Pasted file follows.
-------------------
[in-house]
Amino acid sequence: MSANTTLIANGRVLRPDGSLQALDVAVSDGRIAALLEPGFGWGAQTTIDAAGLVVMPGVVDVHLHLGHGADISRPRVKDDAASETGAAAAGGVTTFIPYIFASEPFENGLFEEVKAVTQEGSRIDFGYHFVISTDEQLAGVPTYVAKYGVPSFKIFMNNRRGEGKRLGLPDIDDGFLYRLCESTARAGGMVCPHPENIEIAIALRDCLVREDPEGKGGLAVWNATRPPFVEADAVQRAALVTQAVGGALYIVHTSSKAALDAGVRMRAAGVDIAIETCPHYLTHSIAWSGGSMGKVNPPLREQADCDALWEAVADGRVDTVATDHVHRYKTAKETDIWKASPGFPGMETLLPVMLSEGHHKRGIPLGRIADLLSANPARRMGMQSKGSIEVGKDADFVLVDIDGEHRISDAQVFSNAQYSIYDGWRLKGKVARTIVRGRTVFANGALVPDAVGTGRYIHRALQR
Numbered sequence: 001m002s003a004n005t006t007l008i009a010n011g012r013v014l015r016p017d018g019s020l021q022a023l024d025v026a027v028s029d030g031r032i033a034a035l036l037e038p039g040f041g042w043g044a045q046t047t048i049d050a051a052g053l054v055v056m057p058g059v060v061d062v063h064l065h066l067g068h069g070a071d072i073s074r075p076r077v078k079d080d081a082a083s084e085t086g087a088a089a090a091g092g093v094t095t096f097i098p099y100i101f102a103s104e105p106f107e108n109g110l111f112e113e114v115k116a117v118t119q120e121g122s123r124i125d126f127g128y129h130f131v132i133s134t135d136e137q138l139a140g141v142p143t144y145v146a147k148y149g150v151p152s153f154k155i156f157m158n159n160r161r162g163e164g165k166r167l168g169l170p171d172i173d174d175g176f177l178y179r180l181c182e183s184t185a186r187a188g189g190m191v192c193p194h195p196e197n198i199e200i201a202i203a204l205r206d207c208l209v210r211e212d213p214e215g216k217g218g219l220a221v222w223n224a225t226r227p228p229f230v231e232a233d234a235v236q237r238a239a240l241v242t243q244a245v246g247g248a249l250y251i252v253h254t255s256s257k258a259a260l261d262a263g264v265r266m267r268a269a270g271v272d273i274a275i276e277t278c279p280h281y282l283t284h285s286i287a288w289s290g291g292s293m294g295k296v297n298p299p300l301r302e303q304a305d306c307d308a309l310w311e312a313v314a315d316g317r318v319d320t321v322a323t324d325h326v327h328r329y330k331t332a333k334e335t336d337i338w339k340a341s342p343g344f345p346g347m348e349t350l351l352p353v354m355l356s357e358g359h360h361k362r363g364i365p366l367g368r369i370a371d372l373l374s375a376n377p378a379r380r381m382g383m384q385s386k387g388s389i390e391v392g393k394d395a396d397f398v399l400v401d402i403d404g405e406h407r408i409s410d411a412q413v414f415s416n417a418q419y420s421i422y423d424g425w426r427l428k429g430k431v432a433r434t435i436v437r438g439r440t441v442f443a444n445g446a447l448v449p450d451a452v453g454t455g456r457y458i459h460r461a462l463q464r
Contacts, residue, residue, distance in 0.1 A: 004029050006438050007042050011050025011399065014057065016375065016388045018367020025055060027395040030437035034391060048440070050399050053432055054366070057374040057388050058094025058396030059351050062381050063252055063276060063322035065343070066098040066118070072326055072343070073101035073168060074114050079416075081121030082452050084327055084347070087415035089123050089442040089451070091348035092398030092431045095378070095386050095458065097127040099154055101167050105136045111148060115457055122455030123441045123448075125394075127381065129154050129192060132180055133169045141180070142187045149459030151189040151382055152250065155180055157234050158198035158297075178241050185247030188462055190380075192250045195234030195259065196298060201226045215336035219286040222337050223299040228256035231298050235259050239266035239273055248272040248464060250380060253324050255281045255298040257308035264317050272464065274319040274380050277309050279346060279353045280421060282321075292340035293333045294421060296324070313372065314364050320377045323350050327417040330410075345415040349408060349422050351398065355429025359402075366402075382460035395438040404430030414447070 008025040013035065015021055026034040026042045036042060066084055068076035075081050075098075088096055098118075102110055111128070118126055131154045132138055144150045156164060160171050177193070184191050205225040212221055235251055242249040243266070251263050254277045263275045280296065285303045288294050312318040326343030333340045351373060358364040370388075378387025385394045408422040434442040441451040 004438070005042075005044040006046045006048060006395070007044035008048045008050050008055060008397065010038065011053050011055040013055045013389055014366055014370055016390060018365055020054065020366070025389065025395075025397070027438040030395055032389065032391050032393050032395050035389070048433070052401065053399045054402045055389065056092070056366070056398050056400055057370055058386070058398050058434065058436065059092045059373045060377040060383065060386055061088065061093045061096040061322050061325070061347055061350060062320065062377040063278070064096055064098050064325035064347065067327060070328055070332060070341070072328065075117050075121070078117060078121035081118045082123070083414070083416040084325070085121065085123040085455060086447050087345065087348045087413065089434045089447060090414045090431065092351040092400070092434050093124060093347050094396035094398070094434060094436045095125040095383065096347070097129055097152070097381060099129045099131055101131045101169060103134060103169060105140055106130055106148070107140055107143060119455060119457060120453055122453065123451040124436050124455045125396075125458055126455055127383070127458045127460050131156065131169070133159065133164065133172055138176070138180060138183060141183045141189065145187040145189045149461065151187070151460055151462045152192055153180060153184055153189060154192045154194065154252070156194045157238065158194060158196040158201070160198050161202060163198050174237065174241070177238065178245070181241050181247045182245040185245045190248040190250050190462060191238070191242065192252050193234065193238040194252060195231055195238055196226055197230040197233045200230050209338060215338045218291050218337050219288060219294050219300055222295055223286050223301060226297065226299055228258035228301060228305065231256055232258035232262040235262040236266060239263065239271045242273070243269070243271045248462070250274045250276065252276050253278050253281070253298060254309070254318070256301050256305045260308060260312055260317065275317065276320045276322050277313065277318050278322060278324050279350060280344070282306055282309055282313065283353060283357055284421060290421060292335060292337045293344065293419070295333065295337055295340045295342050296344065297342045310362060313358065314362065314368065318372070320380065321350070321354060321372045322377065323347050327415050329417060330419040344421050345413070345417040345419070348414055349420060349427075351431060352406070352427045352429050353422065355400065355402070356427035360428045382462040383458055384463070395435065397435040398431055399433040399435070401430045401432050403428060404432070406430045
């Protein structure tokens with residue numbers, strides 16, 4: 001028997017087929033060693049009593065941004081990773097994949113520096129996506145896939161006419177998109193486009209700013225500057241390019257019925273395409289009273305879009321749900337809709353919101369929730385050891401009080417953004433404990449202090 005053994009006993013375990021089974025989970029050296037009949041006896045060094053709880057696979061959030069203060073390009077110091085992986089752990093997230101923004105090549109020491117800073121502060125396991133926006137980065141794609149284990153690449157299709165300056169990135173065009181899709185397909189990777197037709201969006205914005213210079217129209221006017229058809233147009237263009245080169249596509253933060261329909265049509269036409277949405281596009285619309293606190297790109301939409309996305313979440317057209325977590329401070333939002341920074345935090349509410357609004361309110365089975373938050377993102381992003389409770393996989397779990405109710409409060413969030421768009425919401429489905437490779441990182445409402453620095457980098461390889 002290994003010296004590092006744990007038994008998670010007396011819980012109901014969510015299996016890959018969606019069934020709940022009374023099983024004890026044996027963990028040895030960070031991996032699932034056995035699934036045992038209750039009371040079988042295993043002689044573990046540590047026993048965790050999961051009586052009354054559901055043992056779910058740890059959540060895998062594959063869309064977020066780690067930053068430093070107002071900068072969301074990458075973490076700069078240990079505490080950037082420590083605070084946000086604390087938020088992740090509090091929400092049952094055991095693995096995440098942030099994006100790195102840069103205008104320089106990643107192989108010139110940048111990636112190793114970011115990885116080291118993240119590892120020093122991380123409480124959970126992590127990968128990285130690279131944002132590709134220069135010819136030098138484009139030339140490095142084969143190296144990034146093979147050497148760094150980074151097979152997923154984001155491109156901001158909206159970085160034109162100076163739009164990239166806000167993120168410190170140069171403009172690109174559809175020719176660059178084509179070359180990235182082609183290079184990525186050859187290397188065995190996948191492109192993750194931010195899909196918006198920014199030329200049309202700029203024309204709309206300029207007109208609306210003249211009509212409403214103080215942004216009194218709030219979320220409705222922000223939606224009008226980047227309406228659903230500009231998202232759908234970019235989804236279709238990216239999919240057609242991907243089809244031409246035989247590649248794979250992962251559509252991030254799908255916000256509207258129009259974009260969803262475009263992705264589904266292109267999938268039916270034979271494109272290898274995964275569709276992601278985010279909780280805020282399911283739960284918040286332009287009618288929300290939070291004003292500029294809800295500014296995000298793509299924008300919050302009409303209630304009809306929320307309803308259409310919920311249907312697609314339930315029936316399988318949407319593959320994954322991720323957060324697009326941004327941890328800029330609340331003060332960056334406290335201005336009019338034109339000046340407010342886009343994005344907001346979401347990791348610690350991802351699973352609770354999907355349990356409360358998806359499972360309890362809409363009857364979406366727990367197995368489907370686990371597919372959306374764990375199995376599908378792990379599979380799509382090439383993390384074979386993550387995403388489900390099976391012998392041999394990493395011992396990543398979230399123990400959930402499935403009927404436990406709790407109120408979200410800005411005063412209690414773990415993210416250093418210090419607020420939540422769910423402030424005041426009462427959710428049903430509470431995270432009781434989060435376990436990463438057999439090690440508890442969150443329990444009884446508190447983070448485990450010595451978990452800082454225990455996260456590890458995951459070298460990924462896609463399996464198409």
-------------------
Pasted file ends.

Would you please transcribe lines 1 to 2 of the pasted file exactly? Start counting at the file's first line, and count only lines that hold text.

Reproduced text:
[in-house]
Amino acid sequence: MSANTTLIANGRVLRPDGSLQALDVAVSDGRIAALLEPGFGWGAQTTIDAAGLVVMPGVVDVHLHLGHGADISRPRVKDDAASETGAAAAGGVTTFIPYIFASEPFENGLFEEVKAVTQEGSRIDFGYHFVISTDEQLAGVPTYVAKYGVPSFKIFMNNRRGEGKRLGLPDIDDGFLYRLCESTARAGGMVCPHPENIEIAIALRDCLVREDPEGKGGLAVWNATRPPFVEADAVQRAALVTQAVGGALYIVHTSSKAALDAGVRMRAAGVDIAIETCPHYLTHSIAWSGGSMGKVNPPLREQADCDALWEAVADGRVDTVATDHVHRYKTAKETDIWKASPGFPGMETLLPVMLSEGHHKRGIPLGRIADLLSANPARRMGMQSKGSIEVGKDADFVLVDIDGEHRISDAQVFSNAQYSIYDGWRLKGKVARTIVRGRTVFANGALVPDAVGTGRYIHRALQR